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The Tangle of Science: Reliability Beyond Method, Rigour, and Objectivity, by Nancy Cartwright, Jeremy Hardie, Eleonora Montuschi, Matthew Soleiman, Ann C. Thresher

Accepted version
Peer-reviewed

Type

Article

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Authors

Abstract

The Tangle undertakes to change the focus of philosophy of science towards the reliability of scientific products. Both parts matter. Reliability is the fact that we sometimes can count on science to do what it’s meant to. This is different from demarcation of science from pseudoscience, different from whether science discovers truth about hidden reality or just saves phenomena, different from whether it attains mind-independent objectivity or forever remains a social construction. All of these traditional preoccupations are orthogonal to reliability, and accounts of demarcation, realism or objectivity tell us little about how reliability is achieved. The idea of a product is also crucial. In The Tangle the term ‘product’ covers theoretical and empirical claims, but also instruments, techniques, concepts, procedures. Like products of everyday life, they have purposes, expiry dates, and instructions for use. They are redeployable, but they work better in some environments than in others and only when they are properly linked to other products. It makes no sense to speak of products as true, even approximately, only as fit for purpose.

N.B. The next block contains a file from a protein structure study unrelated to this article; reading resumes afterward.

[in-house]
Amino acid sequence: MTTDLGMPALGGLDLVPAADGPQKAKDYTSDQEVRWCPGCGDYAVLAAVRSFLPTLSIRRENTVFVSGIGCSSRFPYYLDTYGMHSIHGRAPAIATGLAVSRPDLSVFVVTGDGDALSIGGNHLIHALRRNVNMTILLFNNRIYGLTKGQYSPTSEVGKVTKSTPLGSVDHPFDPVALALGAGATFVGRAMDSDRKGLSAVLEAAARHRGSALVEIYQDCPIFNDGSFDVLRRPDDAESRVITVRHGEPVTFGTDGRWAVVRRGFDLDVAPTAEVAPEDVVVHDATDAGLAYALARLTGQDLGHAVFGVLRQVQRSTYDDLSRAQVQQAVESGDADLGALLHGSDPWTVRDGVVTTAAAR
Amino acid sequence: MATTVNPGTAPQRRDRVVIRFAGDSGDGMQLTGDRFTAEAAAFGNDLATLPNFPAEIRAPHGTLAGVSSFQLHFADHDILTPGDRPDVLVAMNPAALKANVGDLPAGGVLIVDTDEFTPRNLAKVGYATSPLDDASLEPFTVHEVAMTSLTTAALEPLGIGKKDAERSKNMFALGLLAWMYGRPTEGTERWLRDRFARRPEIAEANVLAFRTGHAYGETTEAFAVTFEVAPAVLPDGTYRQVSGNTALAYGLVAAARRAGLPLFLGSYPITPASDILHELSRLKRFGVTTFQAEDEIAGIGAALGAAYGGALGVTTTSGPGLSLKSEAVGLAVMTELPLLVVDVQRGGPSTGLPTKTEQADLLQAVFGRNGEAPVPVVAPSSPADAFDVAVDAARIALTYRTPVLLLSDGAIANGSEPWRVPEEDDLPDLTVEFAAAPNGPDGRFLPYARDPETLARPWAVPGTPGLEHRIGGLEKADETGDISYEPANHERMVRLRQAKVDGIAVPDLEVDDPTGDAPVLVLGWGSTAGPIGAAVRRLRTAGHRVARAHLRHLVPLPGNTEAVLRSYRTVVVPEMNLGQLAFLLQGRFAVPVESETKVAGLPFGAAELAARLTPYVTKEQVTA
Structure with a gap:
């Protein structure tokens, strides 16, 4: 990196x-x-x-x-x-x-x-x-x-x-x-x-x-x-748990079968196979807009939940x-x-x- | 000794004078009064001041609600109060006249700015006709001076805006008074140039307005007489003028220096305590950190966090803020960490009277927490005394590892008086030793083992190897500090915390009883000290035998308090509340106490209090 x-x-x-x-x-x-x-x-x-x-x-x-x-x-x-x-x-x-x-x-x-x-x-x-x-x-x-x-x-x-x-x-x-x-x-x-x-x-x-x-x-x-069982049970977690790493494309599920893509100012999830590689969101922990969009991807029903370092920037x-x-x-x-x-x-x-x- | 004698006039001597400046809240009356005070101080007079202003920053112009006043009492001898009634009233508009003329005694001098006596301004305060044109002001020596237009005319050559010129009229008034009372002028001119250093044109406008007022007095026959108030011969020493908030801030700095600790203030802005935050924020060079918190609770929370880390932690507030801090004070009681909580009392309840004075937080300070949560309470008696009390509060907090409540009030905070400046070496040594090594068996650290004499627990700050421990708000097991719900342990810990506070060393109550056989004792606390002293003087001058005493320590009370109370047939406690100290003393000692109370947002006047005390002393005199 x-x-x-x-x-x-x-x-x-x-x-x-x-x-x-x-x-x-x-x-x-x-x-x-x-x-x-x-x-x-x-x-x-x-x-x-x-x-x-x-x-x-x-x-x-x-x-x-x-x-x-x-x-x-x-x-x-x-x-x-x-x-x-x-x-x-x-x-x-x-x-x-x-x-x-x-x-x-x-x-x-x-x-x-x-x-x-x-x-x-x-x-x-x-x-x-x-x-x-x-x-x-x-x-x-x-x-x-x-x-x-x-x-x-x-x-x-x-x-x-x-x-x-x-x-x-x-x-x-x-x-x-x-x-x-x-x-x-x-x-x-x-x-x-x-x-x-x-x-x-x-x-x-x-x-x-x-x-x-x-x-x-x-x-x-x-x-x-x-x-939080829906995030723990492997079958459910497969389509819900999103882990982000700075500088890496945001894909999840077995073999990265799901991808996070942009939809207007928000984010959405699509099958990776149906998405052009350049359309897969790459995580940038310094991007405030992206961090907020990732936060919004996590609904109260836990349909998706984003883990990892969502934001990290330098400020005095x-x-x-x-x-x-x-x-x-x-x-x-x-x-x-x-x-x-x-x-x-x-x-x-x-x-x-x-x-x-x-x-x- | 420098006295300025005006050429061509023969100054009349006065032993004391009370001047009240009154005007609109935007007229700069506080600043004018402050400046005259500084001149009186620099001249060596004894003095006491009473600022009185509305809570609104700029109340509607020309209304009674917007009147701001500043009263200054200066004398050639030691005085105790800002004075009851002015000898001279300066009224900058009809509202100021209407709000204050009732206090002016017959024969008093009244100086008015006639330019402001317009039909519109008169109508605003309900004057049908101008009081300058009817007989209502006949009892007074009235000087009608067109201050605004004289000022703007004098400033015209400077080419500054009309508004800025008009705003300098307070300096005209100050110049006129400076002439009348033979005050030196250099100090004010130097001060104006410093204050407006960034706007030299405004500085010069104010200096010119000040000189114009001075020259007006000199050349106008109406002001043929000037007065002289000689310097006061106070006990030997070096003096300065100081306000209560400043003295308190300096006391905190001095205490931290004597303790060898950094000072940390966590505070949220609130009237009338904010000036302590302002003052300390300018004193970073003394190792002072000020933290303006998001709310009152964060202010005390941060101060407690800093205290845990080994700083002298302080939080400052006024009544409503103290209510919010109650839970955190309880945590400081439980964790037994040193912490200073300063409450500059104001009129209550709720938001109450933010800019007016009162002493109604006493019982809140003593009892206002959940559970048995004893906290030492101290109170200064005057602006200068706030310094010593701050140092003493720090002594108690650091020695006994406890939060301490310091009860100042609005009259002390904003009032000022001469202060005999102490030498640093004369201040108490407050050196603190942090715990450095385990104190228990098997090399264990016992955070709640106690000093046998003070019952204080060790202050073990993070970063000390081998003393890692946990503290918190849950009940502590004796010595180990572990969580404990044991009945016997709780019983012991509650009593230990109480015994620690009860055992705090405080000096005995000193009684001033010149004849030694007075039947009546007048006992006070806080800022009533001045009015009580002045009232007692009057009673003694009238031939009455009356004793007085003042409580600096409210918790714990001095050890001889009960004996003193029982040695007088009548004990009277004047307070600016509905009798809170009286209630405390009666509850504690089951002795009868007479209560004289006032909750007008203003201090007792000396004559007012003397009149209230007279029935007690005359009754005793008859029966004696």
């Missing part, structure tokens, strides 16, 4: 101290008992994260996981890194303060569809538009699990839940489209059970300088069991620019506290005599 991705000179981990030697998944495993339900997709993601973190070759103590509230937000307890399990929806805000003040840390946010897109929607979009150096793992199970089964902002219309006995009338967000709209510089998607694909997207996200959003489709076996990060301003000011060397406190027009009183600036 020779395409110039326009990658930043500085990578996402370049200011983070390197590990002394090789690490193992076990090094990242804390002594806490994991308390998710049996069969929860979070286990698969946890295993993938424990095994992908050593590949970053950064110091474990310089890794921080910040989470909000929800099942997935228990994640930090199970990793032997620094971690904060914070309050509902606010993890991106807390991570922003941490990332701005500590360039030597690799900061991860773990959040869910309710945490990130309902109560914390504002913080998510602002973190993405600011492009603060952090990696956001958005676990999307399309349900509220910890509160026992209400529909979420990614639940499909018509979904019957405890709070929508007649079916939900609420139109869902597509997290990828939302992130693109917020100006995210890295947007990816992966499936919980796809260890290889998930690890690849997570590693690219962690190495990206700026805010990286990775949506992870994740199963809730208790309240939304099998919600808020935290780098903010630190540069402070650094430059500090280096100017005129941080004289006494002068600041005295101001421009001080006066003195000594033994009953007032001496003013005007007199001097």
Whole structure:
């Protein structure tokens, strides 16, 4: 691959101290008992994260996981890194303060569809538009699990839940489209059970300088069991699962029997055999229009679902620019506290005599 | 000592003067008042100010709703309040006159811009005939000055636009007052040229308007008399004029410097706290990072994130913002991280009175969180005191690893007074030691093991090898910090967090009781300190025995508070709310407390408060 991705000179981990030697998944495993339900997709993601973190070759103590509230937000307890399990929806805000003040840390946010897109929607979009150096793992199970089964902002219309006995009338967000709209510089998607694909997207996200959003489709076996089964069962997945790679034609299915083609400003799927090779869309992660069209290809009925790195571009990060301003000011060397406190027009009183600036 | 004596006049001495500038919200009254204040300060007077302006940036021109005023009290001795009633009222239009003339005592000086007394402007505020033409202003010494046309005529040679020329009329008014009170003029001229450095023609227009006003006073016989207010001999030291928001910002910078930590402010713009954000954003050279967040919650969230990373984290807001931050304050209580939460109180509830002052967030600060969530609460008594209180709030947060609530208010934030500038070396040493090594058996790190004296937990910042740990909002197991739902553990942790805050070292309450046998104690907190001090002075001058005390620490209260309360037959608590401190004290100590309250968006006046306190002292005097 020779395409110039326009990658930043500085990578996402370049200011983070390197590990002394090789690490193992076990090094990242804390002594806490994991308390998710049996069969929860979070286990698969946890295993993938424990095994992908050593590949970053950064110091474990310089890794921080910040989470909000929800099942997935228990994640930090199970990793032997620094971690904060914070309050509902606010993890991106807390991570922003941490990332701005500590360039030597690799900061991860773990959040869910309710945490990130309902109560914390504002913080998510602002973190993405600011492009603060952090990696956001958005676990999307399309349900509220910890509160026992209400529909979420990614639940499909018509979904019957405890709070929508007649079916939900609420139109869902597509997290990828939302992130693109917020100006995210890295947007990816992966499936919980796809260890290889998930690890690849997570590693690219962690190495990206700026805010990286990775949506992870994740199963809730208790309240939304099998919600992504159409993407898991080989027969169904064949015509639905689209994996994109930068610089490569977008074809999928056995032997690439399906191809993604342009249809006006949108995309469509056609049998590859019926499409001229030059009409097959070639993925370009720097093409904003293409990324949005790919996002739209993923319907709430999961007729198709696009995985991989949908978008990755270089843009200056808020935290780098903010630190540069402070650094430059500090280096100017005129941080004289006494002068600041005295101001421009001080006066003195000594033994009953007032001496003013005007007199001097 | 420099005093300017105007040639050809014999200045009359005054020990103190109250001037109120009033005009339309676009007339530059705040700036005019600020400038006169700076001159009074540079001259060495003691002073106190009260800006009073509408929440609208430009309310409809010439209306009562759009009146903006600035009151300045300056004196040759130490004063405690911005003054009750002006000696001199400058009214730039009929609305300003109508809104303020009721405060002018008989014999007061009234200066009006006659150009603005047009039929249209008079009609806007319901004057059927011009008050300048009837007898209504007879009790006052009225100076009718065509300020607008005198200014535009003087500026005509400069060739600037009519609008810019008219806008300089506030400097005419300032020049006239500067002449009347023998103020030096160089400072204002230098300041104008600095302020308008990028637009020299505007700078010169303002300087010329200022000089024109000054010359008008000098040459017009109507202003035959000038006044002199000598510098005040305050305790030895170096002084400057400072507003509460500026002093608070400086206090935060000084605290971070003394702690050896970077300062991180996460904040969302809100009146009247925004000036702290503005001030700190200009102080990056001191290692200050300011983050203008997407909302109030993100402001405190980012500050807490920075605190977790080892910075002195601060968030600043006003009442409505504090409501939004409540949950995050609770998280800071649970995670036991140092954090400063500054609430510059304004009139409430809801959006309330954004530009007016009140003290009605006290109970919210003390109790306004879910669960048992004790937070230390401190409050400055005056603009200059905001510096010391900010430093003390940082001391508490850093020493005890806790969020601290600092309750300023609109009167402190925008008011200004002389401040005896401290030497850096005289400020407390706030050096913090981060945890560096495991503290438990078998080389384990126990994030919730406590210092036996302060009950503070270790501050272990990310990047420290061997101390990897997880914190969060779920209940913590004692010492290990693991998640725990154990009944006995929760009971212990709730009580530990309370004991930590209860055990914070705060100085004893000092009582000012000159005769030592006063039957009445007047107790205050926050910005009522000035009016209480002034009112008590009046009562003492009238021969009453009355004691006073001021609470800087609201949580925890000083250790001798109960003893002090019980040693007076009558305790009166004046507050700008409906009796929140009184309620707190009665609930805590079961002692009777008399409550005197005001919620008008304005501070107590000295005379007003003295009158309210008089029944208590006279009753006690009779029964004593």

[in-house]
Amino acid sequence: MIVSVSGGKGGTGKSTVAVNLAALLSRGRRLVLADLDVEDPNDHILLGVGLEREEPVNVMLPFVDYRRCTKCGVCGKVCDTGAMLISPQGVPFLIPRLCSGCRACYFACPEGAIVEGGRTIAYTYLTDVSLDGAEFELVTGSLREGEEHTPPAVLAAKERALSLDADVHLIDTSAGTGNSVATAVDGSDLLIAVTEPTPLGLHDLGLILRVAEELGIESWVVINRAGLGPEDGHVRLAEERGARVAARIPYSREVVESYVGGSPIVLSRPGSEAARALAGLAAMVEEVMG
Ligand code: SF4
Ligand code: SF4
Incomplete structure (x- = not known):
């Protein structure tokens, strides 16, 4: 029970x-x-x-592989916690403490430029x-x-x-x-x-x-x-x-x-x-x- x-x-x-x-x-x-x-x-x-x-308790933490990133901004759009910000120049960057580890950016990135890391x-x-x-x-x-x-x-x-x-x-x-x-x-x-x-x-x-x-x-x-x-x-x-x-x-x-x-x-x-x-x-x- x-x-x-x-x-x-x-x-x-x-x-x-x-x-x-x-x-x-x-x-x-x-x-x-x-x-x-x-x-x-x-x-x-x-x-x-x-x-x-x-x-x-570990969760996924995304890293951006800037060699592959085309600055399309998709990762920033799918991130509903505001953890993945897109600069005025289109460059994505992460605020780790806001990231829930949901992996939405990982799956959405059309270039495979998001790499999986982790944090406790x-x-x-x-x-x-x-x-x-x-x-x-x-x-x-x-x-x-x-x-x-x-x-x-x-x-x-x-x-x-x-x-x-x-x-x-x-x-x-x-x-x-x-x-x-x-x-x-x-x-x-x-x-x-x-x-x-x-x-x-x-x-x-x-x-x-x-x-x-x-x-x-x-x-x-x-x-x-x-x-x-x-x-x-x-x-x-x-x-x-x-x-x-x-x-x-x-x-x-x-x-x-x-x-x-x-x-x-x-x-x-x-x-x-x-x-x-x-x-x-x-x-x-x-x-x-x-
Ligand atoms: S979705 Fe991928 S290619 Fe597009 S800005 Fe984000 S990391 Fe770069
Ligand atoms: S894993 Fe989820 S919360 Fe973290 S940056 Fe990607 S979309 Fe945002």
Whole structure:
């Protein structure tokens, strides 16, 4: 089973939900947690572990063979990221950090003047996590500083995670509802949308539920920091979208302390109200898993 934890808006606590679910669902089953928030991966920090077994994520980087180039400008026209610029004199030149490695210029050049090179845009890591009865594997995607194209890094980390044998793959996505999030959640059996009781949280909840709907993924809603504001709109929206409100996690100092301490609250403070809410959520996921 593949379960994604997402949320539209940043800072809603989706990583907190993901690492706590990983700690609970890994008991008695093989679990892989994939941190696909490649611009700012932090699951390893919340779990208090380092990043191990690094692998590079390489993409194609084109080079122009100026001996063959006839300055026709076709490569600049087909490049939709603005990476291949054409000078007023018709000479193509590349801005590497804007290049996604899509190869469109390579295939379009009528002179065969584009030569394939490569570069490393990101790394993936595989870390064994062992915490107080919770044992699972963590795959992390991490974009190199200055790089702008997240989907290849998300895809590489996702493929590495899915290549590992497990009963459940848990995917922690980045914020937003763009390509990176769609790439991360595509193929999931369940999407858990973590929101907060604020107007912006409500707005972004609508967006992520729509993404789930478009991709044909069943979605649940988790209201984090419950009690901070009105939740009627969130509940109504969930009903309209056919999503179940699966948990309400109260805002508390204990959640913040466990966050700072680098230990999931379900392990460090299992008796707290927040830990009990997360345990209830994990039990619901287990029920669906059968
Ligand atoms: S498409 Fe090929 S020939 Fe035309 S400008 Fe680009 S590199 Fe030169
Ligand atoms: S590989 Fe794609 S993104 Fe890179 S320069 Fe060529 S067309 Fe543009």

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Keywords

50 Philosophy and Religious Studies, 5002 History and Philosophy Of Specific Fields

Journal Title

Mind

Conference Name

Journal ISSN

0026-4423
1460-2113

Volume Title

Publisher

Oxford University Press (OUP)